Stopping the brain's memory circuits from overheatingMay 03, 2017
The highly interconnected zones of the brain's hippocampus mediate spatial and episodic memory, but to keep memories organized they need the right balance of exciting and calming input. A part of the hippocampus called CA2 has been found to be responsible for this regulation, preventing the local brain circuits from becoming hyperactive. In the absence of CA2 activity, mice experience epilepsy-like activity, a sign that this area is essential for regulating the balance of excitation and inhibition in the brain. A silenced CA2 region has broader implications for information processing in hippocampal circuits, according to a new study from the RIKEN Brain Science Institute (BSI) in Japan and the Université Paris Descartes.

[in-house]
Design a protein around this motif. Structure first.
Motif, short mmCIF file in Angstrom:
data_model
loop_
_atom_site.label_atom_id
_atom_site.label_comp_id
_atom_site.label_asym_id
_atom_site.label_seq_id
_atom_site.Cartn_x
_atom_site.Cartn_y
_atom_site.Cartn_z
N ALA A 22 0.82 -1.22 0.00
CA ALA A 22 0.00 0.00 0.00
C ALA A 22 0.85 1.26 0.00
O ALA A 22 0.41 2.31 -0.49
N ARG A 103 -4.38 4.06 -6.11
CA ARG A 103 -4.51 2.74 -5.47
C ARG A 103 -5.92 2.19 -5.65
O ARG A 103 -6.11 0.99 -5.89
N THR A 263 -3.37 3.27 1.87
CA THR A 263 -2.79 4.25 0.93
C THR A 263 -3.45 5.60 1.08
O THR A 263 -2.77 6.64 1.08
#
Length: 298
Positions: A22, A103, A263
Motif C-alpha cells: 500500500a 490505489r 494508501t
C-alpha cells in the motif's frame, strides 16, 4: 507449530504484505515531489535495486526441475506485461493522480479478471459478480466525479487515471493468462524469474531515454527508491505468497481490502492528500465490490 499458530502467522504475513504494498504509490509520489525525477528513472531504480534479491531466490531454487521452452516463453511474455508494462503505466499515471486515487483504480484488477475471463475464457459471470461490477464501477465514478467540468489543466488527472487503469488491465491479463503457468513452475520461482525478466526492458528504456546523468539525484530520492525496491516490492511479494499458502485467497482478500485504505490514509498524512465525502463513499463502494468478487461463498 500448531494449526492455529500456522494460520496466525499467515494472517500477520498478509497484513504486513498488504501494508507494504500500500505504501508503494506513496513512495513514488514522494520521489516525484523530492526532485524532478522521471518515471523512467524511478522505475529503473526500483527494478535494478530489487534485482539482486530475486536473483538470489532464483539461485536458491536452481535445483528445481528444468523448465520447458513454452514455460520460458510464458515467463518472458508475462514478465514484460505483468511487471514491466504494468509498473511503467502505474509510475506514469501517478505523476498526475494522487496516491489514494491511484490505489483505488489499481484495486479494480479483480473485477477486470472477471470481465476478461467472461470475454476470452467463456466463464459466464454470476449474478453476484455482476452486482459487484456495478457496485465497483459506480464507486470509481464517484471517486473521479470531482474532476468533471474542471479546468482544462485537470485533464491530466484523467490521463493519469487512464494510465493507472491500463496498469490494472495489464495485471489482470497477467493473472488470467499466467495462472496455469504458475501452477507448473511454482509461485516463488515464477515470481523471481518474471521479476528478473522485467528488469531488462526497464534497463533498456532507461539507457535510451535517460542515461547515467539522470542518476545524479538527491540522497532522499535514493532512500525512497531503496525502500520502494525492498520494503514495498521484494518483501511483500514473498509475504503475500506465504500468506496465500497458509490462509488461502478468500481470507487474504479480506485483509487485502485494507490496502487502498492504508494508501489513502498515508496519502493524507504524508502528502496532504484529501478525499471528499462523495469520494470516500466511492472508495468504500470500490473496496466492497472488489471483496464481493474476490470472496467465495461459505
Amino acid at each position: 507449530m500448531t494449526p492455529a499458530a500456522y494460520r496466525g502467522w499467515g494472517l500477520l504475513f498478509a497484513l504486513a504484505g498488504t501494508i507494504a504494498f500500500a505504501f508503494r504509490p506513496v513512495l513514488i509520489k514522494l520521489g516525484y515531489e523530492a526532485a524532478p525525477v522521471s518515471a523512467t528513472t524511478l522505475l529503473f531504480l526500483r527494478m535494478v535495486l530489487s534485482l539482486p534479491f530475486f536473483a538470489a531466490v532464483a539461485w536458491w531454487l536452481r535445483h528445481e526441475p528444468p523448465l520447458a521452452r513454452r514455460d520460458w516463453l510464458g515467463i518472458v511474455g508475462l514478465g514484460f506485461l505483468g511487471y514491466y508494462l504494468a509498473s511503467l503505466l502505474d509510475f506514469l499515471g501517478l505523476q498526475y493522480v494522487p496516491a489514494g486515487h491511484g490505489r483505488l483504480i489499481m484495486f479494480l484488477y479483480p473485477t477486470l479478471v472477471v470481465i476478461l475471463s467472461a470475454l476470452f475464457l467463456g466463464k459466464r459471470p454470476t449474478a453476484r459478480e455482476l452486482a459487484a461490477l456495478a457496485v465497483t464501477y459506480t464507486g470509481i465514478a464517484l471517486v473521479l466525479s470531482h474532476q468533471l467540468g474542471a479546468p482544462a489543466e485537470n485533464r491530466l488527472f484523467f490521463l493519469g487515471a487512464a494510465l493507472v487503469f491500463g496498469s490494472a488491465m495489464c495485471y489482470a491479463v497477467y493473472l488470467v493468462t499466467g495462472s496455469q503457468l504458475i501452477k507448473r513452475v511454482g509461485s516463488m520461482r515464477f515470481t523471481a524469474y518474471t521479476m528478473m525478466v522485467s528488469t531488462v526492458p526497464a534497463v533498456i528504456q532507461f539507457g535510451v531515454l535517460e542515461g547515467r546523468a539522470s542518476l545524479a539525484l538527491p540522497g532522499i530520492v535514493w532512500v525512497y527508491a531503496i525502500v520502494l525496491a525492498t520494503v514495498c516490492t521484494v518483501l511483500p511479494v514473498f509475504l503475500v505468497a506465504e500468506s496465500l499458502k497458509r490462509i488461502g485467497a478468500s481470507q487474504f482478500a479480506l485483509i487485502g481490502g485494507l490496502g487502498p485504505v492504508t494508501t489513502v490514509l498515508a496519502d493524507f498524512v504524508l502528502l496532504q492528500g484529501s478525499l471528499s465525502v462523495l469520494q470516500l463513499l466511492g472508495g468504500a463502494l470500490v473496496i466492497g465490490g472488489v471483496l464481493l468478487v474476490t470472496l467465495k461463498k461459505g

RIKEN BSI team leader Thomas McHugh and colleagues studied mice that had either temporary or permanent CA2 impairment. As they reported on May 3rd in the journal Neuron, CA2 is responsible for maintaining inhibition throughout its connected network.
Investigating the connections from CA2 to hippocampal neighbors CA1 and CA3, the researchers found that optogenetic stimulation there translated into a suppression of signaling in the network, especially in CA3. They further probed this inhibition by shutting down signaling from CA2 with a nerve toxin, which resulted in a 'hyperexcitable' network state within CA3.